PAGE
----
To this day, I can remember the countless moments when I could have stood up and helped. Don’t forget these things:
1. You are more powerful than you think – Oftentimes (not all the time) we think that if we get involved, we will be hurt or make the situation worse. This is negative inner dialogue that keeps you locked in a powerless position. If you were the victim, would you want help?
2. Don’t make the victim think you’re ok with it – By not acting when you see someone being bullied, mentally the victim can start thinking that what is happening to him/her is ok. Bullying is unjust. Don’t support the idea that the victim will continue to be treated unjustly.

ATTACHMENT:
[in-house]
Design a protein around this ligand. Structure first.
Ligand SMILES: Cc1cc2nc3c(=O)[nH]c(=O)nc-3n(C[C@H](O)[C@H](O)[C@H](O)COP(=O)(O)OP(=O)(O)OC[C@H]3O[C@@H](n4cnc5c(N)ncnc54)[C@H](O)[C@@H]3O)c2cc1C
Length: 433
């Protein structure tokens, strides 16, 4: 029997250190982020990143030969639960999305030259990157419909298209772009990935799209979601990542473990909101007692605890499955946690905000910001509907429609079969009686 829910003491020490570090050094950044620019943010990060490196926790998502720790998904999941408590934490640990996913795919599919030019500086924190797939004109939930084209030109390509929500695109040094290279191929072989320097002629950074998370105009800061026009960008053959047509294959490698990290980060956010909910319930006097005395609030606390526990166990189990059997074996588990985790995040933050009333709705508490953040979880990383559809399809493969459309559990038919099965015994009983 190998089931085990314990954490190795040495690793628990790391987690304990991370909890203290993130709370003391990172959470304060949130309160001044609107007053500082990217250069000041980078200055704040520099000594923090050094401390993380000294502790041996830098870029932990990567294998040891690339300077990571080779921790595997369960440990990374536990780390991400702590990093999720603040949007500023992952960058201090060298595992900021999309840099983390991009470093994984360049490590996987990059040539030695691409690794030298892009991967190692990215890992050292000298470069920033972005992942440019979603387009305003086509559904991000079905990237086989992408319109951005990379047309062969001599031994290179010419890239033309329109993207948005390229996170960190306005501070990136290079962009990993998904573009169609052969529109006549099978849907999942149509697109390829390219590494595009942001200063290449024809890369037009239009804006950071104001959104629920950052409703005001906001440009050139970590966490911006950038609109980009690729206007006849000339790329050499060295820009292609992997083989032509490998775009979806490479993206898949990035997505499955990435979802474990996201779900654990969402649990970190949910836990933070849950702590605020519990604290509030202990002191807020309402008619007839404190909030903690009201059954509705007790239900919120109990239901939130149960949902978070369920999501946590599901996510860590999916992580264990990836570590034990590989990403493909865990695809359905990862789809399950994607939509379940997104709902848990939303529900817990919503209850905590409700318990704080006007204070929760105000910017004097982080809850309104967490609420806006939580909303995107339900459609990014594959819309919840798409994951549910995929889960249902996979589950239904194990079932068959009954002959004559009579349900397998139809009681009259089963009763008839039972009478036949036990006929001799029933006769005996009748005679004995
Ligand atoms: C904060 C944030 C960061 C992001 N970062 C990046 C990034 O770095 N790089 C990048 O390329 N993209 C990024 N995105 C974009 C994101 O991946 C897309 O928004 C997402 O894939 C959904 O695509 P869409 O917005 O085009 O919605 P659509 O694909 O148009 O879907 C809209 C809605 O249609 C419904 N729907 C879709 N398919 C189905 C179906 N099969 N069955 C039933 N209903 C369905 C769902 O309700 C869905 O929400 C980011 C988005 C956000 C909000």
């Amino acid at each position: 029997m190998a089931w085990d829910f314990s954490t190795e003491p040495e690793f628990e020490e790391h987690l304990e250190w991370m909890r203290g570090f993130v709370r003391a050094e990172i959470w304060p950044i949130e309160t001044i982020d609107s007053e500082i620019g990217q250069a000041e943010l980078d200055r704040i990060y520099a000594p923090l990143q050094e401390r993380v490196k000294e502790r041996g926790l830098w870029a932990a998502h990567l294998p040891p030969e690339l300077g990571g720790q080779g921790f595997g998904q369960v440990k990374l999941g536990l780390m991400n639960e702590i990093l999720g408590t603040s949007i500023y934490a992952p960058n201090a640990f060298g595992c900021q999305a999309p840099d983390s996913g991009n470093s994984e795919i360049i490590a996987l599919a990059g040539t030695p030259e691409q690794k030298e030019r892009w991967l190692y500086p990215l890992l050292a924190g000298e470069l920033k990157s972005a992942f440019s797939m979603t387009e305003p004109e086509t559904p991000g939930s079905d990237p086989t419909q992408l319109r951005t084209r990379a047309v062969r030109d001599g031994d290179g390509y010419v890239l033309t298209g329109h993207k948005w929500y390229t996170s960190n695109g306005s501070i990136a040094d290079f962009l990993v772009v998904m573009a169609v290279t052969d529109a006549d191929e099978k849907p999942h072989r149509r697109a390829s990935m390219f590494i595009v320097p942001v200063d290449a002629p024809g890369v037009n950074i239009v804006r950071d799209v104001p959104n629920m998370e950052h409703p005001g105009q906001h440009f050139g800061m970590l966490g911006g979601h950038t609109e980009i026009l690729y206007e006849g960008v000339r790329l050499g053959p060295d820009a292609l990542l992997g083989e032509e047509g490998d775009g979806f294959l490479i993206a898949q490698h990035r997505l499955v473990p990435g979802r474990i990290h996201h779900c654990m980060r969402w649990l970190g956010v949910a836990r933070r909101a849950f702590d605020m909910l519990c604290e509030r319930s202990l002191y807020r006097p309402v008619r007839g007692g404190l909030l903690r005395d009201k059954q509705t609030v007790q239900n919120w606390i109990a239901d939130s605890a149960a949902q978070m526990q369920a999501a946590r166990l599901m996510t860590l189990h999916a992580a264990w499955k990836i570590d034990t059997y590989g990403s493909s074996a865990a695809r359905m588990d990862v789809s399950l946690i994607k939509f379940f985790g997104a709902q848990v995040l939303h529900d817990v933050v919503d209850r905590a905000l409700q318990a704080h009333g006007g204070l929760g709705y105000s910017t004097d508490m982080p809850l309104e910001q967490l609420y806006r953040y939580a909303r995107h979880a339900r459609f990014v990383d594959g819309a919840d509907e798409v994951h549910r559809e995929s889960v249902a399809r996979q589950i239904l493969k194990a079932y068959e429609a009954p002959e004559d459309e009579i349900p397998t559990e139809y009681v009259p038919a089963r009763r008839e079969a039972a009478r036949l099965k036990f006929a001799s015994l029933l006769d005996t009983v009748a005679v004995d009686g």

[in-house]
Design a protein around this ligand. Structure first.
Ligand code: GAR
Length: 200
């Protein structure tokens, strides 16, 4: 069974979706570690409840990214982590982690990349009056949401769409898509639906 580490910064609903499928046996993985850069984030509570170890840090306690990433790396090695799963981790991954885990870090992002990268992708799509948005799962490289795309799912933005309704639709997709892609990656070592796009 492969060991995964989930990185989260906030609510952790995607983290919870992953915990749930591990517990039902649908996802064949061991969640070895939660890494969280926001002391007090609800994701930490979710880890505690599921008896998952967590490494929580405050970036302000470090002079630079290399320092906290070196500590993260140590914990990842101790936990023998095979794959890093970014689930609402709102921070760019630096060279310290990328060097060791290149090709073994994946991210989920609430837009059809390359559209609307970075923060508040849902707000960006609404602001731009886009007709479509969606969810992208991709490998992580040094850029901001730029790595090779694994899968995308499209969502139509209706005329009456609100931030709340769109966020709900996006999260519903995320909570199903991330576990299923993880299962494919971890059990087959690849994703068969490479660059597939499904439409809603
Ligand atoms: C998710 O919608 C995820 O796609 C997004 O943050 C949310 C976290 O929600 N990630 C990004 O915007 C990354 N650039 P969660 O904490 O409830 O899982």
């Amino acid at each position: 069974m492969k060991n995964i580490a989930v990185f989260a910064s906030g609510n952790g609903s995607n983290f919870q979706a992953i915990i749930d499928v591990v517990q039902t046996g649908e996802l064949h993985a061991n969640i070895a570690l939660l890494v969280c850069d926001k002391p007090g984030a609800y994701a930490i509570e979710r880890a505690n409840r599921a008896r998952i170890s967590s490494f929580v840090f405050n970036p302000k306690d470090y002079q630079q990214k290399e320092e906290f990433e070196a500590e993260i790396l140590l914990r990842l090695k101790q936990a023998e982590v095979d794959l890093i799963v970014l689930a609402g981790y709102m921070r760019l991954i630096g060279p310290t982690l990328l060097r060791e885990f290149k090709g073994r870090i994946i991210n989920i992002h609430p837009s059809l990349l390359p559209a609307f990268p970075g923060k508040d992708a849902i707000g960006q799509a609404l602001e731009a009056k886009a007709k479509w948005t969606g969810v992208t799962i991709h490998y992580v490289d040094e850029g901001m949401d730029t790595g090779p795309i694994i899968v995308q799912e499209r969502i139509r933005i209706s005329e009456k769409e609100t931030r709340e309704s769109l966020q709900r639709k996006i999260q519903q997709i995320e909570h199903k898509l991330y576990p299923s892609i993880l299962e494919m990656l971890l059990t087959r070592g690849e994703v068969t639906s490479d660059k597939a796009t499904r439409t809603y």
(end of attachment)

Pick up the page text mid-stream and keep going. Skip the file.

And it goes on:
3. It’s ok to tell someone else – You can tell a person in power that bullying is happening. If you insist on remaining anonymous, your request should be automatically granted. Tell a teacher, administrator, supervisor, anyone in a position to address the behavior. Get the victim the help he or she needs.
4. Open up to the victim – The least that you can do is let the victim know that he or she has a friend. There is power in numbers, and if you can break out of your shell and reach out to the victims around you, you will change their lives in ways you never thought possible.
Picture By Symic
By JP Butler